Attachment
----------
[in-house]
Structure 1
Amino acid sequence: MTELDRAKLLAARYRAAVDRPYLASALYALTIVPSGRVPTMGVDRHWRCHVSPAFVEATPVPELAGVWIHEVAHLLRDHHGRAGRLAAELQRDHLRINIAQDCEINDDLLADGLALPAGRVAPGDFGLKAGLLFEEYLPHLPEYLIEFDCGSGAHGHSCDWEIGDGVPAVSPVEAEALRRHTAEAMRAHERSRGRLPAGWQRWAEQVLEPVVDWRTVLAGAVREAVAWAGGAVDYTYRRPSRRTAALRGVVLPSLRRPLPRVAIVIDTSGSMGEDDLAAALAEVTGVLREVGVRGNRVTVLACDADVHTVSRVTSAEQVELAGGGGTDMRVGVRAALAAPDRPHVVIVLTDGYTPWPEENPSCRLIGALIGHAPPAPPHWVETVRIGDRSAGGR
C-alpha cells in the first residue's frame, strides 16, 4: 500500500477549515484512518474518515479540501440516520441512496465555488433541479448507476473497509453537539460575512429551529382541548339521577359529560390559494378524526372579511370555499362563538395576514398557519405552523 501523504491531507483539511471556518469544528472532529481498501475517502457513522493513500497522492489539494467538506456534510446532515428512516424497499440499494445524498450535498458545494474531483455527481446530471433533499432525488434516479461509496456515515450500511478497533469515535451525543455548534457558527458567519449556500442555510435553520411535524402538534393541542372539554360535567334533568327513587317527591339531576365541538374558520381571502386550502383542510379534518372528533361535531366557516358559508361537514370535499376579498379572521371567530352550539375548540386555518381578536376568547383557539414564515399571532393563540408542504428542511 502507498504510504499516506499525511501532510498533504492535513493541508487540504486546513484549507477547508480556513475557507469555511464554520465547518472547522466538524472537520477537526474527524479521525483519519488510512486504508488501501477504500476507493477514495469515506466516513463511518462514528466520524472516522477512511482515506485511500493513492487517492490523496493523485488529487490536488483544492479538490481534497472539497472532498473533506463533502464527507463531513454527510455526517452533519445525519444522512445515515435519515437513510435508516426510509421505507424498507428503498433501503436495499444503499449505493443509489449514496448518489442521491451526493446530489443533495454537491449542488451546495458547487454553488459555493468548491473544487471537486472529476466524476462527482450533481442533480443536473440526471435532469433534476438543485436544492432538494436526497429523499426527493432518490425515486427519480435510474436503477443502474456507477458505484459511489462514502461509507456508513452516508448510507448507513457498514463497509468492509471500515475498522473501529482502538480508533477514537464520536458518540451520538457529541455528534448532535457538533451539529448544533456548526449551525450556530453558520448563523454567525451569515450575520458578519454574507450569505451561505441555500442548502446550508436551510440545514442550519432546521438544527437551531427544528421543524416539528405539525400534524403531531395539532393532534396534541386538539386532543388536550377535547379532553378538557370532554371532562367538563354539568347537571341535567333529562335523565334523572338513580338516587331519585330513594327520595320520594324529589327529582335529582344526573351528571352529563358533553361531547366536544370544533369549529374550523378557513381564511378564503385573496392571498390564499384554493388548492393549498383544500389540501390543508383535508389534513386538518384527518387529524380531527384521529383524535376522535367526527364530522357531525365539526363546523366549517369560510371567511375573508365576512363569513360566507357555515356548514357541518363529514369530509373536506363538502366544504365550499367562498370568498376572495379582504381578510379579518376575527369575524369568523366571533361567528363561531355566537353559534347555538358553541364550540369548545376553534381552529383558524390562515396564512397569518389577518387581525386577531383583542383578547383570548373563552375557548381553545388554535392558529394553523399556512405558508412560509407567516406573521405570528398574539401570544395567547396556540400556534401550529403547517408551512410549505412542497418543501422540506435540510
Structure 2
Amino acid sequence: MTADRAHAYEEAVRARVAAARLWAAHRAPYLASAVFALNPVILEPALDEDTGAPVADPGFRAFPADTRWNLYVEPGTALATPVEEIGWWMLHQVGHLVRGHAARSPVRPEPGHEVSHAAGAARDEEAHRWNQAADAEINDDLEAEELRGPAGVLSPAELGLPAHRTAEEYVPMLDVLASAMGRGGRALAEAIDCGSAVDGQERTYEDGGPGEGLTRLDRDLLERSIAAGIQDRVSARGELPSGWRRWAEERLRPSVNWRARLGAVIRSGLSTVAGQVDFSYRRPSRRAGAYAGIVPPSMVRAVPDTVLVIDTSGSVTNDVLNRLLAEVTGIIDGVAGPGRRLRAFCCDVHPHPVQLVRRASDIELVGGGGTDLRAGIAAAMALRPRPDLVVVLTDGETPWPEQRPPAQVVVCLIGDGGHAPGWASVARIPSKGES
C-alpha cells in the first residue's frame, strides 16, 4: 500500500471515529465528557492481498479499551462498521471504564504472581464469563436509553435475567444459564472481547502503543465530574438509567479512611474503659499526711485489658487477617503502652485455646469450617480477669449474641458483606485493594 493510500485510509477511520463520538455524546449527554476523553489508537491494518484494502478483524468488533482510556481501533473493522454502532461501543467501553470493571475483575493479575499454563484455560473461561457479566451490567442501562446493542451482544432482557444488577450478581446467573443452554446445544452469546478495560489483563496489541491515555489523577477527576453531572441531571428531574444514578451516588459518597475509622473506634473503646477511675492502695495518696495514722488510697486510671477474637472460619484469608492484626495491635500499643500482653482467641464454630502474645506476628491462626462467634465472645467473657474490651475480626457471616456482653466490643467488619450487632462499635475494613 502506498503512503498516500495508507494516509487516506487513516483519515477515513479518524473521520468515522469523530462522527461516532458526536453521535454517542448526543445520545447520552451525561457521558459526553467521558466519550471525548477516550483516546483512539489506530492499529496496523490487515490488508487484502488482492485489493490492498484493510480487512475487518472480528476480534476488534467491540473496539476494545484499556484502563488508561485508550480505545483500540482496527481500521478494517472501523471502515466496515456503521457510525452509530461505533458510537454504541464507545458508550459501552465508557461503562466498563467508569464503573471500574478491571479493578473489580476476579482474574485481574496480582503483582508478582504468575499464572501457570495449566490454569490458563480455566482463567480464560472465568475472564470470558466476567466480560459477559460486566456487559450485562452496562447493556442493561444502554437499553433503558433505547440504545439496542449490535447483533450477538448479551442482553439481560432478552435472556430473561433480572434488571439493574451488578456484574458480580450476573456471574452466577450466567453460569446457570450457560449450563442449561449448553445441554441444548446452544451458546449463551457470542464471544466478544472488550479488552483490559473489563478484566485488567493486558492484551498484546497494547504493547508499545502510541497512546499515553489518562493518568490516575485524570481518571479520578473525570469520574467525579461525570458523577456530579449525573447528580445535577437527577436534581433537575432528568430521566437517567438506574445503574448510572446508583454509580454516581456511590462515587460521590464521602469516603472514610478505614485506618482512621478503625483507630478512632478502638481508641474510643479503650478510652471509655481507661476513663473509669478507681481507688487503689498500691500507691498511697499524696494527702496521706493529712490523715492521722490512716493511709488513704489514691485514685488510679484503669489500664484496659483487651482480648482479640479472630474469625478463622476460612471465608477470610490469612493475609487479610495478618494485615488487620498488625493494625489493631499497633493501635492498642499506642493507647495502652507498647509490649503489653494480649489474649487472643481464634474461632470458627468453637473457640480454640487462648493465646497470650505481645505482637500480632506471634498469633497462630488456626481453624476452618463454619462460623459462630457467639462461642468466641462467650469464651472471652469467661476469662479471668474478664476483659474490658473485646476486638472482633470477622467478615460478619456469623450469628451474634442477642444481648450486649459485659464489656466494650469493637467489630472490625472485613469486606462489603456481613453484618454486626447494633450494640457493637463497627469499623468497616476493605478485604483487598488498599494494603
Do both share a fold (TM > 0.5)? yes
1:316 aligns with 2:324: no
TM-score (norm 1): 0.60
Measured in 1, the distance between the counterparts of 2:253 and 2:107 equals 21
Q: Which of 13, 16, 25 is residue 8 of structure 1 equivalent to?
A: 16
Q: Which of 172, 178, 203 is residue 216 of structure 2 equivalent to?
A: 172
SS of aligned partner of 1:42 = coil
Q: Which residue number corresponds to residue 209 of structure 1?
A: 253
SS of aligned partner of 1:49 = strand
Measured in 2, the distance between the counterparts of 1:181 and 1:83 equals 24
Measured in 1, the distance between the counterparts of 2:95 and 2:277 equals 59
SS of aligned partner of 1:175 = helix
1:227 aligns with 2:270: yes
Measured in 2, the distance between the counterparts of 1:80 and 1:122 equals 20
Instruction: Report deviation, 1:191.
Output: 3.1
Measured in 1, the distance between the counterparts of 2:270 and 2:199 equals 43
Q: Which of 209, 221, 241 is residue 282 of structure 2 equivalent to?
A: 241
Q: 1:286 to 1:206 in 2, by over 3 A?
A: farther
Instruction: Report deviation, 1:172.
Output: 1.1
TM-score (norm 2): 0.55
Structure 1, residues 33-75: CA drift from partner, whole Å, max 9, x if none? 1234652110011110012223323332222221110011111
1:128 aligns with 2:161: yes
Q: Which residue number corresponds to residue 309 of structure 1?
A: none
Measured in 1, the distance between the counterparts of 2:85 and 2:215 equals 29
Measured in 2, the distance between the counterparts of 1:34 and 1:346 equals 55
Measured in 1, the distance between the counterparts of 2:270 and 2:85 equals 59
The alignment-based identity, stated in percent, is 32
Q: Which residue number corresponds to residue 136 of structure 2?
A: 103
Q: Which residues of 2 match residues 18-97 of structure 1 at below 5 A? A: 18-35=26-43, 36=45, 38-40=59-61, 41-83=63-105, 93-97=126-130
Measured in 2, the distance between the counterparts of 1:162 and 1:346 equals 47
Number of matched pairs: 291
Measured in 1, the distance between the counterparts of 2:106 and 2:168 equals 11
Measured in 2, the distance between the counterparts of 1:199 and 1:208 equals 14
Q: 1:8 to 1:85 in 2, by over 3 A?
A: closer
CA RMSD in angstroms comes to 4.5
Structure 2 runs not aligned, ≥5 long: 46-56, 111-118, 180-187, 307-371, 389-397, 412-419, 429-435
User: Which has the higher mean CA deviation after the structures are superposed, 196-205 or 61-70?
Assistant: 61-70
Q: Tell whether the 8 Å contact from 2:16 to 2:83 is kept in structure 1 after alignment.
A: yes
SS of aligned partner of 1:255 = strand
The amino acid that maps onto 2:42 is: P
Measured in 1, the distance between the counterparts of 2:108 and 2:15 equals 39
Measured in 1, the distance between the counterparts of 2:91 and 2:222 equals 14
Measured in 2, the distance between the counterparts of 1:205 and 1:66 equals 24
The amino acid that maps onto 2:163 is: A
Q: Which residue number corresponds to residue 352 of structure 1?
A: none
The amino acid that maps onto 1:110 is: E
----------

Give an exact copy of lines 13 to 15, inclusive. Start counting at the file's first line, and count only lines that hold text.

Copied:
A: 16
Q: Which of 172, 178, 203 is residue 216 of structure 2 equivalent to?
A: 172